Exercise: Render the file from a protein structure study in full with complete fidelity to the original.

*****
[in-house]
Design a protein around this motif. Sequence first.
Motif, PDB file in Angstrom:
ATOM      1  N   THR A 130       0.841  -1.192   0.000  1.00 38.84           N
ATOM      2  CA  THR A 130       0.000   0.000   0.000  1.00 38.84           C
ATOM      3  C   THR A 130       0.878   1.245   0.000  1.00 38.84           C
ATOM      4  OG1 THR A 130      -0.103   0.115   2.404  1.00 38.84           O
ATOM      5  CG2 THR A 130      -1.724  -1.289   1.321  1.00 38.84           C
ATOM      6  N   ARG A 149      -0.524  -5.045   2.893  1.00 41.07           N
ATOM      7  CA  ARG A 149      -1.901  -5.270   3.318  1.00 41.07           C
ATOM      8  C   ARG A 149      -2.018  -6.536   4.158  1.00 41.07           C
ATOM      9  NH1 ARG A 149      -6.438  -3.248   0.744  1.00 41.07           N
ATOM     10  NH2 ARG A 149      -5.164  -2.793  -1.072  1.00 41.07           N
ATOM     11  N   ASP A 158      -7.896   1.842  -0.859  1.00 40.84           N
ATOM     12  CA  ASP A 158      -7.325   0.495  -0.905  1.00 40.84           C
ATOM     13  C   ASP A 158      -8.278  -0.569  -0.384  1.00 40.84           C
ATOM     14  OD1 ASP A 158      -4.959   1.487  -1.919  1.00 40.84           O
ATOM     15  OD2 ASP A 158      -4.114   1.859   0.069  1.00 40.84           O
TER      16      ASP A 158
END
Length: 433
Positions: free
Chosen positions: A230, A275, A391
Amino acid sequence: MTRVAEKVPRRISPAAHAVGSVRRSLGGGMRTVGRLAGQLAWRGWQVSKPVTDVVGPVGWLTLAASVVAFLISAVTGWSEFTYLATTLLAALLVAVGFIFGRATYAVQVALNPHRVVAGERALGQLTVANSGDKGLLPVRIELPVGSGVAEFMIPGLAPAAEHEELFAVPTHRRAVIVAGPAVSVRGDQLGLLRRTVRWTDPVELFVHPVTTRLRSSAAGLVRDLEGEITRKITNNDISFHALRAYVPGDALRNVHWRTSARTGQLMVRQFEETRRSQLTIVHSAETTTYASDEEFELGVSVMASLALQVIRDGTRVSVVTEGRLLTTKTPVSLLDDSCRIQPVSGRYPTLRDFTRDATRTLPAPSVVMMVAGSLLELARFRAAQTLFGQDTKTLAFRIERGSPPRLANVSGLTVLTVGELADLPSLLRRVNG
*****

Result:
[in-house]
Design a protein around this motif. Sequence first.
Motif, PDB file in Angstrom:
ATOM      1  N   THR A 130       0.841  -1.192   0.000  1.00 38.84           N
ATOM      2  CA  THR A 130       0.000   0.000   0.000  1.00 38.84           C
ATOM      3  C   THR A 130       0.878   1.245   0.000  1.00 38.84           C
ATOM      4  OG1 THR A 130      -0.103   0.115   2.404  1.00 38.84           O
ATOM      5  CG2 THR A 130      -1.724  -1.289   1.321  1.00 38.84           C
ATOM      6  N   ARG A 149      -0.524  -5.045   2.893  1.00 41.07           N
ATOM      7  CA  ARG A 149      -1.901  -5.270   3.318  1.00 41.07           C
ATOM      8  C   ARG A 149      -2.018  -6.536   4.158  1.00 41.07           C
ATOM      9  NH1 ARG A 149      -6.438  -3.248   0.744  1.00 41.07           N
ATOM     10  NH2 ARG A 149      -5.164  -2.793  -1.072  1.00 41.07           N
ATOM     11  N   ASP A 158      -7.896   1.842  -0.859  1.00 40.84           N
ATOM     12  CA  ASP A 158      -7.325   0.495  -0.905  1.00 40.84           C
ATOM     13  C   ASP A 158      -8.278  -0.569  -0.384  1.00 40.84           C
ATOM     14  OD1 ASP A 158      -4.959   1.487  -1.919  1.00 40.84           O
ATOM     15  OD2 ASP A 158      -4.114   1.859   0.069  1.00 40.84           O
TER      16      ASP A 158
END
Length: 433
Positions: free
Chosen positions: A230, A275, A391
Amino acid sequence: MTRVAEKVPRRISPAAHAVGSVRRSLGGGMRTVGRLAGQLAWRGWQVSKPVTDVVGPVGWLTLAASVVAFLISAVTGWSEFTYLATTLLAALLVAVGFIFGRATYAVQVALNPHRVVAGERALGQLTVANSGDKGLLPVRIELPVGSGVAEFMIPGLAPAAEHEELFAVPTHRRAVIVAGPAVSVRGDQLGLLRRTVRWTDPVELFVHPVTTRLRSSAAGLVRDLEGEITRKITNNDISFHALRAYVPGDALRNVHWRTSARTGQLMVRQFEETRRSQLTIVHSAETTTYASDEEFELGVSVMASLALQVIRDGTRVSVVTEGRLLTTKTPVSLLDDSCRIQPVSGRYPTLRDFTRDATRTLPAPSVVMMVAGSLLELARFRAAQTLFGQDTKTLAFRIERGSPPRLANVSGLTVLTVGELADLPSLLRRVNG